A PARTY of nurses visited Frankston on Tuesday evening last, and were entertained by the “Wattle” Club, in the Hall, where a large party had gathered to pay homage to the nurses, some of whom had returned from the front, and others who are leaving sunny Australia very soon to face dangers unknown.
The best we can give is not too good for the women who are playing such a part in the great war and whose lives are devoted to such a noble cause.
Although all preparations had to be carried out at very short notice, word being received Monday night that they were coming, everything was in order and a splendid dinner of cold poultry, ham, etc., was in readiness on the arrival of the cars.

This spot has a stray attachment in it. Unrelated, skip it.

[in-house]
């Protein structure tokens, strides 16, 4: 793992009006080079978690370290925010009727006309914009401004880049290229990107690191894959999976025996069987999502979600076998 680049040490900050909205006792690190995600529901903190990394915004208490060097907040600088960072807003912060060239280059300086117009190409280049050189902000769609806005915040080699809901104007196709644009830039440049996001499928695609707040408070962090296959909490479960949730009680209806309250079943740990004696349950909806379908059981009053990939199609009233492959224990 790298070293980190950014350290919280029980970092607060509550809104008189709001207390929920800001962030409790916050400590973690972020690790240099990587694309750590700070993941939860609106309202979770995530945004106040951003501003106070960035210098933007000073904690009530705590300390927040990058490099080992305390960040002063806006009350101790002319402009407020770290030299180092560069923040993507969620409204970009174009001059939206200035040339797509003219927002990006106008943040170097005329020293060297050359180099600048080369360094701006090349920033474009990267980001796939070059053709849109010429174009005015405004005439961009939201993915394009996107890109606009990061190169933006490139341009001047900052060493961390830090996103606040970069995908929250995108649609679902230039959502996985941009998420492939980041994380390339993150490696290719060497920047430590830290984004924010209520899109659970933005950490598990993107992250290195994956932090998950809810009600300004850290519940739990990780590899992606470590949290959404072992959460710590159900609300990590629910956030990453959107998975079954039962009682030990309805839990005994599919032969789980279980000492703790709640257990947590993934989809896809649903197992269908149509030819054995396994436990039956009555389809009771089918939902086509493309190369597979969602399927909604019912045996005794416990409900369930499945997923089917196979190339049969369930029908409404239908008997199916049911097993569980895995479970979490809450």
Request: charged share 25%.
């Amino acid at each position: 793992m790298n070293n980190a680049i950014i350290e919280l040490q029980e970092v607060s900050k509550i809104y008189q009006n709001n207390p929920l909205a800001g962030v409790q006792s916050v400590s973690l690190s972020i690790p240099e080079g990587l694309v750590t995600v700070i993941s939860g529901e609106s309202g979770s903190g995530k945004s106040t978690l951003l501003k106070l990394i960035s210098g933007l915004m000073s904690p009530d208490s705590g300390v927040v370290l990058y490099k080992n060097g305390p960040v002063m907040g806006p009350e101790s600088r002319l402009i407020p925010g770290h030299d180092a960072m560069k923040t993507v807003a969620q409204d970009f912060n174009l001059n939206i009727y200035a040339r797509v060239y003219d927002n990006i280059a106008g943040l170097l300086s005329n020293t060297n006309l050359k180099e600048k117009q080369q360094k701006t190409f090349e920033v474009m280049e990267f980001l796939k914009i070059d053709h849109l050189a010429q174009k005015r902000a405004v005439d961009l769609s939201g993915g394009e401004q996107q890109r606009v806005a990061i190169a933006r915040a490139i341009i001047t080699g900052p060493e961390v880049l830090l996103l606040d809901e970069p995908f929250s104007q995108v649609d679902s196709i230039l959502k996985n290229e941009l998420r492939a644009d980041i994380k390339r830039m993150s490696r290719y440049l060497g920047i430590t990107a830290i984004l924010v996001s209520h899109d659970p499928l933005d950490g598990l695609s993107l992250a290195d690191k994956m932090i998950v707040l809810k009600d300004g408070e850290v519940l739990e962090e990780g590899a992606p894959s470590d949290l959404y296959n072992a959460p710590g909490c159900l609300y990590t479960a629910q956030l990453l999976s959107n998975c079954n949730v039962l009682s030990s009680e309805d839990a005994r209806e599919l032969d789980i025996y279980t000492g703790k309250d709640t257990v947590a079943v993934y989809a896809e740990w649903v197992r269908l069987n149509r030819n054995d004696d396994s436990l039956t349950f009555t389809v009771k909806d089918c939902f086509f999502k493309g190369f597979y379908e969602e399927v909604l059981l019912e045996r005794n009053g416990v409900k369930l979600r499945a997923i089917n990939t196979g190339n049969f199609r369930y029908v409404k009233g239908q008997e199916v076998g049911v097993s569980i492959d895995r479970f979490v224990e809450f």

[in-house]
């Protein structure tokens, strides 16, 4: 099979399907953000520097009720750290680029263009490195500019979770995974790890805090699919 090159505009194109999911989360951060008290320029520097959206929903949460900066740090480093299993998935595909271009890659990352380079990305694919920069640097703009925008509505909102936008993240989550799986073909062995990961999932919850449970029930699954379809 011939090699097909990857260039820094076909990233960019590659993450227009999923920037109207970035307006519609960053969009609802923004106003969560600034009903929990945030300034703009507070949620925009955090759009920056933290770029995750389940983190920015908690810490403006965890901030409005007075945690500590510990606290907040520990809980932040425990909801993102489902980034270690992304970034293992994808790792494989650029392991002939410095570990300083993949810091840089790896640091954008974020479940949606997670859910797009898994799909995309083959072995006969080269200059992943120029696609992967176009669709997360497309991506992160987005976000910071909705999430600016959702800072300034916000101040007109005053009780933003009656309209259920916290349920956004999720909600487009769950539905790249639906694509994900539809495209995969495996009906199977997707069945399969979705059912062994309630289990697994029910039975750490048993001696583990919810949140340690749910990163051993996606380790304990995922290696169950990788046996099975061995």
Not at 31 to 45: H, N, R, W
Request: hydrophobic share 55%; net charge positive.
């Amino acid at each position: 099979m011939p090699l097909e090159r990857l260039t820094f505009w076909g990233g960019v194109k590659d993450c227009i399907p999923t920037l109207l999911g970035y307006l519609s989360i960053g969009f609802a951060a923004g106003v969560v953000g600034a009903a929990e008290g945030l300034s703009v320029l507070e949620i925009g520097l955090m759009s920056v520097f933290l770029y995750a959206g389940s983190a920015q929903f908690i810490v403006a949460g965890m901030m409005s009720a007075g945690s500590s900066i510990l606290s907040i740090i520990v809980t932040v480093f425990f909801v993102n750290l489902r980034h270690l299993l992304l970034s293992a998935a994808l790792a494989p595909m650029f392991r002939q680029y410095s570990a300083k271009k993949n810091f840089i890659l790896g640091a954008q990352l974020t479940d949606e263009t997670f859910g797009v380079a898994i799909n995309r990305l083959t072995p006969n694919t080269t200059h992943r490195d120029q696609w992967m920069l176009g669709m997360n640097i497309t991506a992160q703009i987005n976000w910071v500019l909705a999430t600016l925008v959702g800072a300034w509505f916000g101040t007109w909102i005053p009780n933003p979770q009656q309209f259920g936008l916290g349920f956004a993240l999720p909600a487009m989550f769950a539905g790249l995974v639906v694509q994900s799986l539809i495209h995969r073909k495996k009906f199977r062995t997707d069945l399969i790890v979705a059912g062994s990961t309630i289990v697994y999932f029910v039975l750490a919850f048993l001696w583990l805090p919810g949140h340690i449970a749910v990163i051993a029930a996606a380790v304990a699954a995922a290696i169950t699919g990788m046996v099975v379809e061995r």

After doing justice to the good things so generously provided, the nurses were entertained with songs recitations, brass instrument selections, violin obligato, whistling and clog dancing, banjo selection and first class performances on the piano, things going merrily till midnight.
The Club members are deeply grateful to all who so willingly and ably provided items and aided in every way possible, to make the evening pass pleasantly.
No doubt they would be amply repaid by the delight expressed by the nurses and the genuine applause which greeted each item.
Mr Robinson, who accompanied the party, spoke in complimentary terms of the “Wattle” Club, Dr Maxwell responding in a few words.
Mr Bailey was in charge of the programme and Mr Lidgerwood acted as M.C. for the dances.
Word was received last week that Pte H Overton was wounded whilst fighting the Turks in the desert. We
hope that his wounds are lot serious.